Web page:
SALINE, MI – Thirty-six robotics teams from across the state traveled to the Saline school district to compete in the first action robotics competition on Friday, March 31 and Saturday, April 1.
Finally, the prestigious Impact Award, which guarantees a team a slot in the state championship, was given to Plymouth-Canton Education Park Lightning Robotics.
Some of the other teams also advanced to the first Michigan state championship, which took place on April 6 at Saginaw Valley University.
The Engineering Inspiration Award was awarded to the Chelsea High School Technical Challenge Team and the Rookie All-Star Award to the Jackson Preparatory & College Fighting Falcons team.
A full list of results from the 2023 FIRST can be found in the Michigan Salt Lake District Results this.
Lightning Robotics, made up of 170 students, represented one of the larger teams in the competition. The team is divided into subgroups such as planning, design, manufacturing and communication, each with specific tasks to meet their robot.
“If you talk to anyone at (Lightning Robotics), they’ll tell you that we’re all learning more from this team than we are at school,” said senior Anwesha Pathak, president of the Lightning Robotics business. “I will learn all the skills that we have learned here, such as communication skills, talking with people as well as technical liaisons, putting together business plans and even going to our sponsor companies, presenting them (our plans), getting professional feedback. in it (he showed me) how I do the work is envisioned very similar to actual companies and what they do.”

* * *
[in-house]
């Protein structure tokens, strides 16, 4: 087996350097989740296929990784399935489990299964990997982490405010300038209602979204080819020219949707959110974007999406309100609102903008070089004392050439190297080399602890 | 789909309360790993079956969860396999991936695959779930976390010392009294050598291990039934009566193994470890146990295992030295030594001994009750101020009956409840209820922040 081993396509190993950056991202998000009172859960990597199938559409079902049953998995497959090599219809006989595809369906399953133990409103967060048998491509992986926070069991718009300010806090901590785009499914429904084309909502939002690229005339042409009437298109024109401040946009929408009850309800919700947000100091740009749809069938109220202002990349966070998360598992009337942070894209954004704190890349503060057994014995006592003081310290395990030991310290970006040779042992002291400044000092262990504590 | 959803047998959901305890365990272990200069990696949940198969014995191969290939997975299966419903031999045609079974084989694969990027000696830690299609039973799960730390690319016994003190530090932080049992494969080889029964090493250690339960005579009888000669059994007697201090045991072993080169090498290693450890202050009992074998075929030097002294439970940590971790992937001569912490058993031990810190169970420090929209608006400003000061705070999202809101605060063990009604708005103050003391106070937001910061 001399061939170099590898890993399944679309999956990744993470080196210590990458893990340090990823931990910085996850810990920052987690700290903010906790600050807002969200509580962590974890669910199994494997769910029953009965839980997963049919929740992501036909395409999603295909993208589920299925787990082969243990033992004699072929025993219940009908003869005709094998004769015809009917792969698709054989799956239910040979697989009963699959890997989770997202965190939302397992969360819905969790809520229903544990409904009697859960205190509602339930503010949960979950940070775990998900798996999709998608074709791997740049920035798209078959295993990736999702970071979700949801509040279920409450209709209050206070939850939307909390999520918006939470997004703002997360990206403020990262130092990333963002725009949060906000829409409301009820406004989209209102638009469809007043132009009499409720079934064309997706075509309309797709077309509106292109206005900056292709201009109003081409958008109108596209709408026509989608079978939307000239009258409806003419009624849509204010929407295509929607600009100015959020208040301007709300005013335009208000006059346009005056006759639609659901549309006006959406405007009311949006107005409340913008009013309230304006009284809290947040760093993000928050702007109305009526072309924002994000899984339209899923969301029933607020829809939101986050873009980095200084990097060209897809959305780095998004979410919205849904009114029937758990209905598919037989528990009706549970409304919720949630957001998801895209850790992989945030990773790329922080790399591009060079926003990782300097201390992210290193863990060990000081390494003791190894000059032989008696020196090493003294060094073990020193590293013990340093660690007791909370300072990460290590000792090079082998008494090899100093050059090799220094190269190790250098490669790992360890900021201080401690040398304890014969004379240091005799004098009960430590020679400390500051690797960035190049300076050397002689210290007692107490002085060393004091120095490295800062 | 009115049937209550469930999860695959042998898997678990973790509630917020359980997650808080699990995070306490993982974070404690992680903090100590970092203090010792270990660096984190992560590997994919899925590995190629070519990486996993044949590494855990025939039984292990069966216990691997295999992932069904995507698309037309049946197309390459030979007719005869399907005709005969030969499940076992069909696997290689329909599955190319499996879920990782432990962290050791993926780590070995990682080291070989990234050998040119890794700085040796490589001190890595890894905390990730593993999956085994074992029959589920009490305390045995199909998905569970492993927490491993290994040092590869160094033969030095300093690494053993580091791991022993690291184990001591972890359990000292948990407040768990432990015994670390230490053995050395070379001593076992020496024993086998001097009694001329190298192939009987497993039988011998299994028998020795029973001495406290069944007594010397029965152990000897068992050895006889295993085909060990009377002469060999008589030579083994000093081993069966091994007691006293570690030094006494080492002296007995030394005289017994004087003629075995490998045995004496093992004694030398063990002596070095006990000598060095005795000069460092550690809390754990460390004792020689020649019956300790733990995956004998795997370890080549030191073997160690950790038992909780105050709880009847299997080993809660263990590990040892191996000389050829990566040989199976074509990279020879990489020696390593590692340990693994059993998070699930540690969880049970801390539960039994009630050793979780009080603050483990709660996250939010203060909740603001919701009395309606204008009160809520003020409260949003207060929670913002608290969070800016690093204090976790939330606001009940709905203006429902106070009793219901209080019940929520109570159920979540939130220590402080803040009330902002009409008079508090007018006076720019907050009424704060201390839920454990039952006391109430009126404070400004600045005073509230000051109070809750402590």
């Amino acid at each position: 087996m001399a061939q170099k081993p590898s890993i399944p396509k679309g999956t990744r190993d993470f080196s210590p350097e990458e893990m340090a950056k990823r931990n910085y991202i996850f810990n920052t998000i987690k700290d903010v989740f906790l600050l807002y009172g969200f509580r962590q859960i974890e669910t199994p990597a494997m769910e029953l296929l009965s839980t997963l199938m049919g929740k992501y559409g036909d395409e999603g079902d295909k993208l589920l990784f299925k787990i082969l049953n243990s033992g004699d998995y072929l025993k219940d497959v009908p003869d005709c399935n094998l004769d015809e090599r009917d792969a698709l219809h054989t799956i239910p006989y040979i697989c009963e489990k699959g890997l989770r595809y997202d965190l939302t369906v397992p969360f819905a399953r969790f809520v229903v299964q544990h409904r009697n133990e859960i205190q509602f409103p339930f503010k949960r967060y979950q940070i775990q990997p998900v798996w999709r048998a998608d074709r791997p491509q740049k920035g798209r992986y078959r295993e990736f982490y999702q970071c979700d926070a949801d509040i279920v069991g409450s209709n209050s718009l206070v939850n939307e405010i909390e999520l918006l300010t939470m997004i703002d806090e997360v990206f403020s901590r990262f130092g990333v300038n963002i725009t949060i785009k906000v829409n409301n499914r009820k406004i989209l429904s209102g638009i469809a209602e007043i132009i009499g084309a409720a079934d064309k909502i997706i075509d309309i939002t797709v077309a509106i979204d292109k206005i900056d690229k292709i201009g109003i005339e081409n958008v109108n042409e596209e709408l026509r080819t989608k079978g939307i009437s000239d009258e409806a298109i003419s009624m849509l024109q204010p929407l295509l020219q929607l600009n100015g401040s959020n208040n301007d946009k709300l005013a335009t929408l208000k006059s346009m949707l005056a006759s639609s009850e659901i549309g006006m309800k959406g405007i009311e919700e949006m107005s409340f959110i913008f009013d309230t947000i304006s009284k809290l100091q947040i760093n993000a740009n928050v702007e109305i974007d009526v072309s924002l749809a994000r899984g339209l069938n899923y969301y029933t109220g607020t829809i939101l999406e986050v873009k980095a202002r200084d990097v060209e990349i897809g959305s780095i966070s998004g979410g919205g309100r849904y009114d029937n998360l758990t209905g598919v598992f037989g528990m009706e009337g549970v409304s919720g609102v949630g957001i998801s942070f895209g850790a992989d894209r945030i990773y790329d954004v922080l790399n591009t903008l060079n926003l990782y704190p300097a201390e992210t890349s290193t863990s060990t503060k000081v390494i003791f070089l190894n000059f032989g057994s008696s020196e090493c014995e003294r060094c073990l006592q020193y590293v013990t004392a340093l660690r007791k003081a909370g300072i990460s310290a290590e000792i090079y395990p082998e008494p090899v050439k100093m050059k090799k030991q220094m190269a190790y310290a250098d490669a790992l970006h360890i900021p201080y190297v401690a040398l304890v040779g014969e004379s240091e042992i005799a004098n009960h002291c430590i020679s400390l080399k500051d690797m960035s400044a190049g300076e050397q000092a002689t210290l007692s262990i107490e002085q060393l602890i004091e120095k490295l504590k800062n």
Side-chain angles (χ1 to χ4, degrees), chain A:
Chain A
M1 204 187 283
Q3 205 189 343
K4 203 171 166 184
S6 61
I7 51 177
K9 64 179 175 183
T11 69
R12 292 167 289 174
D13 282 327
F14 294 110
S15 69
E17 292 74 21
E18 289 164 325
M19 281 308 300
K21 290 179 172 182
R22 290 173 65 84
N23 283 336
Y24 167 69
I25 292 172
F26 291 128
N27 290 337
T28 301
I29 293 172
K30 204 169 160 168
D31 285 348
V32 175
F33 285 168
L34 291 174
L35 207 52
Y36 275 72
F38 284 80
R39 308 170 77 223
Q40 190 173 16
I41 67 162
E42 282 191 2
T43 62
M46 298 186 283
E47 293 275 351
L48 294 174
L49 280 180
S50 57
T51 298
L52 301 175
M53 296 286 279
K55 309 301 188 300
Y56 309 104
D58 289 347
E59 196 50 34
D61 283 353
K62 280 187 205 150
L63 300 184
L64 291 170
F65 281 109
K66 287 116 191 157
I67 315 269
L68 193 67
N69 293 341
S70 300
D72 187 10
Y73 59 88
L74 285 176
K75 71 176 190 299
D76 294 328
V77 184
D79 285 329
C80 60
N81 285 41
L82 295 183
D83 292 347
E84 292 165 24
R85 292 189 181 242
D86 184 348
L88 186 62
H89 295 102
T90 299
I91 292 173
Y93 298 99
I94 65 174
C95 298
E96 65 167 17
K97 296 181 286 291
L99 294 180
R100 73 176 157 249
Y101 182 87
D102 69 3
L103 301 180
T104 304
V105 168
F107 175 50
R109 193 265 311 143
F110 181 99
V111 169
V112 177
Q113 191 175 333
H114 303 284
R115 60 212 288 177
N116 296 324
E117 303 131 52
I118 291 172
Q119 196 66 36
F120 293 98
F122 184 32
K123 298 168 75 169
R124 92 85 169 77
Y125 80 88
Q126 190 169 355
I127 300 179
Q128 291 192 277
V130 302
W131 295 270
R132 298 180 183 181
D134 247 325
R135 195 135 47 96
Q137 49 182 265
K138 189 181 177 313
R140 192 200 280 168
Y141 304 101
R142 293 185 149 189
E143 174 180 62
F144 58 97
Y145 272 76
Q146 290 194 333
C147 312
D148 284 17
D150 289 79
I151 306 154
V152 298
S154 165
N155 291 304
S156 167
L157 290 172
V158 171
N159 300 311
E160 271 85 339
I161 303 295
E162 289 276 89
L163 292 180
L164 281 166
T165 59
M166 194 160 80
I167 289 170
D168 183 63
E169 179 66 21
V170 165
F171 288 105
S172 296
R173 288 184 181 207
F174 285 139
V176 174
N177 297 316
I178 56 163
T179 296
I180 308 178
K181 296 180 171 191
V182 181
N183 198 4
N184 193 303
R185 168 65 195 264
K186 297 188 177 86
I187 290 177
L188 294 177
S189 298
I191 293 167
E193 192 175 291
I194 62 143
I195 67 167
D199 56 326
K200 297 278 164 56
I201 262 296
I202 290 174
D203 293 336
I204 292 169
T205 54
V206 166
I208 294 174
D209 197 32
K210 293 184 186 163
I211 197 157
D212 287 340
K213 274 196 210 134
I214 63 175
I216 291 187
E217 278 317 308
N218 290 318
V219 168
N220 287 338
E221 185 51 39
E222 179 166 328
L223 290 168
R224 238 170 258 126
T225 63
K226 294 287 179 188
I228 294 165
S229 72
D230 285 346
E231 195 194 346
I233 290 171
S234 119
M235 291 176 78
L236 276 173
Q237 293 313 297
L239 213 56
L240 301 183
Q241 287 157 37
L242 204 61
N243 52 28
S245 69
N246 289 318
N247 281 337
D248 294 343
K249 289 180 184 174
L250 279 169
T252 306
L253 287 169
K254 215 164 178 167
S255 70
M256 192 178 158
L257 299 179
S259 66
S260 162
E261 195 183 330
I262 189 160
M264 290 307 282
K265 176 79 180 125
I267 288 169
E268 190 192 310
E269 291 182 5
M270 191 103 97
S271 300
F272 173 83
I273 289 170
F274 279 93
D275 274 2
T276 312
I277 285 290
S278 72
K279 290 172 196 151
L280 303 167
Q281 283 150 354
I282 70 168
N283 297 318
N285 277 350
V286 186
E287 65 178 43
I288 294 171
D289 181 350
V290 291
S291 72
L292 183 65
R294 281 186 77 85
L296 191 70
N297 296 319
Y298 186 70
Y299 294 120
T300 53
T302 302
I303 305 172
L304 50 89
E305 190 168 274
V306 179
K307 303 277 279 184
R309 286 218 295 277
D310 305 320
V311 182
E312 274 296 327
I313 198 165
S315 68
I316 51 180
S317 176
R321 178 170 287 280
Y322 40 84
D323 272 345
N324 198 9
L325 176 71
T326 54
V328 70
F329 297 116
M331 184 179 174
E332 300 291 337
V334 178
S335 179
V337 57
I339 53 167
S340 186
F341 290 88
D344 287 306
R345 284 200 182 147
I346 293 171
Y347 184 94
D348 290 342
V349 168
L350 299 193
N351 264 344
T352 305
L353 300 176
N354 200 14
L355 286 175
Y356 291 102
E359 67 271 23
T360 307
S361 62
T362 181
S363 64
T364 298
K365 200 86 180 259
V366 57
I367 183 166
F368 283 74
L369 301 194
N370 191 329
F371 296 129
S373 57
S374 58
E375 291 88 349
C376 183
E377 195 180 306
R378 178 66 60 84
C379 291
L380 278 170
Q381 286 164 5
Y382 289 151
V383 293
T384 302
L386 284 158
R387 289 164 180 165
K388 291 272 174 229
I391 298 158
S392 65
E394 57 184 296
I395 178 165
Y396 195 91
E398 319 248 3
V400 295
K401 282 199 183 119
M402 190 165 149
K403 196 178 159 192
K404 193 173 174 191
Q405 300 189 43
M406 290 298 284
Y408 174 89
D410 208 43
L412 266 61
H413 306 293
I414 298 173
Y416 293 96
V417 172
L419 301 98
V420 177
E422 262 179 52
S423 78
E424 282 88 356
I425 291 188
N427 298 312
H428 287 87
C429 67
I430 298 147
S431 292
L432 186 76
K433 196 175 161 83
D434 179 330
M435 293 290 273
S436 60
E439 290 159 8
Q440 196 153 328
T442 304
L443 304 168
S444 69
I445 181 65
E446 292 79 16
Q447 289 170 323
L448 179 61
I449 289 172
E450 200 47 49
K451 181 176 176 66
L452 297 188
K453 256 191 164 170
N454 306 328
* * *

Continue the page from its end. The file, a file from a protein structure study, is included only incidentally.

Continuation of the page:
In the competition, students tested their robots in a series of qualification matches between two companies consisting of three teams and their robots. Teams accumulate points by directing the robot to complete small tasks such as moving small inflatable cubes and traffic kernels into bins.
The high school teams have a little over two months to analyze the 2023 game manual, then design, program and compete in the regional and district competitions, which run throughout the month of March. They are assisted by a professional counselor.
The goals and rules of the game change every year, according to Pathak.
Winners of the FIRST Michigan State Championship on April 7-8 will have the opportunity to compete against over two hundred other teams from around the world at the FIRST Championship in Houston, Texas April 19-22.
An international non-profit founded by inventor Dean Kamen in 1989, FIRST aims to offer hands-on, STEM-based learning for K-12 students. First Robotics Competition participants are also given access to exclusive scholarships, internships and other academic opportunities that encourage pathways into STEM careers.
Katie Brandt, a chemistry teacher at St. Catherine the Elder Academy in Wixom and director of her robotics group The SCA Constellations, said she has a student who now attends Michigan Technological University “mostly for free, for a fee” Humanity FIRST.
St. Catherine of Siena Academy senior Elaina Starzacher said she decided to pursue biomedical engineering in college entirely because of her experience in robotics.
“Every single senior who is graduating this year (from the team) is majoring in some form of engineering,” Starzacher said of the all-female team.
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